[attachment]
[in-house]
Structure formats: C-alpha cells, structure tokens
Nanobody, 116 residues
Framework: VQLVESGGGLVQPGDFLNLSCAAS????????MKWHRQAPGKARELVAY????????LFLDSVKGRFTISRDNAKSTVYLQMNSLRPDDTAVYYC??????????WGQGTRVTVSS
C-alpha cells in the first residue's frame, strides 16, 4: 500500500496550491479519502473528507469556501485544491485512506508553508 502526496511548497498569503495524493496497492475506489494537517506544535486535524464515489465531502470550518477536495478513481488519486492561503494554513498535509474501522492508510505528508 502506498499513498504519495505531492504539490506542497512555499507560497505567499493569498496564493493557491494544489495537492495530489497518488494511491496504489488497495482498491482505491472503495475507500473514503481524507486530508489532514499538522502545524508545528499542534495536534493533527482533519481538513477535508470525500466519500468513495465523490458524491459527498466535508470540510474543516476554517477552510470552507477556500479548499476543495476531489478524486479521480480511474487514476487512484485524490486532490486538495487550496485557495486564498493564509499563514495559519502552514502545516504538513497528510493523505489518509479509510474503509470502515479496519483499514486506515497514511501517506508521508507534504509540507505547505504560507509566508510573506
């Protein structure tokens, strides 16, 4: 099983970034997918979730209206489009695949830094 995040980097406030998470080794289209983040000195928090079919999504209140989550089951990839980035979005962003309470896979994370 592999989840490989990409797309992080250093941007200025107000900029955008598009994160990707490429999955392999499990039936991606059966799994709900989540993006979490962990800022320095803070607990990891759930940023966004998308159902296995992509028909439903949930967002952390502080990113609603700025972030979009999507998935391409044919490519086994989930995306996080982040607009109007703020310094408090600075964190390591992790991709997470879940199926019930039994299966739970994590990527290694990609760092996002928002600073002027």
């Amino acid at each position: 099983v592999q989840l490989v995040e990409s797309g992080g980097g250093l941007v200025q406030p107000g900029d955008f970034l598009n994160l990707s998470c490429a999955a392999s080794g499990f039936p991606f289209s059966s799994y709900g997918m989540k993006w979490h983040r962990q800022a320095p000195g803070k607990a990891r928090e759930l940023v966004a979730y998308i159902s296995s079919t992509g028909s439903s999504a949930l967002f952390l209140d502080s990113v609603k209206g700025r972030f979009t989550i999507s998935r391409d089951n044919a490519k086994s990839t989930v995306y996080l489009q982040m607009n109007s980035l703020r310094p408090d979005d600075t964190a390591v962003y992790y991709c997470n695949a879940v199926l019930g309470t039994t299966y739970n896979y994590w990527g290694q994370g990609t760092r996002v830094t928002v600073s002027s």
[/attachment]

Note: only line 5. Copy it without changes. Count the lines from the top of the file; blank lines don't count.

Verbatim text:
C-alpha cells in the first residue's frame, strides 16, 4: 500500500496550491479519502473528507469556501485544491485512506508553508 502526496511548497498569503495524493496497492475506489494537517506544535486535524464515489465531502470550518477536495478513481488519486492561503494554513498535509474501522492508510505528508 502506498499513498504519495505531492504539490506542497512555499507560497505567499493569498496564493493557491494544489495537492495530489497518488494511491496504489488497495482498491482505491472503495475507500473514503481524507486530508489532514499538522502545524508545528499542534495536534493533527482533519481538513477535508470525500466519500468513495465523490458524491459527498466535508470540510474543516476554517477552510470552507477556500479548499476543495476531489478524486479521480480511474487514476487512484485524490486532490486538495487550496485557495486564498493564509499563514495559519502552514502545516504538513497528510493523505489518509479509510474503509470502515479496519483499514486506515497514511501517506508521508507534504509540507505547505504560507509566508510573506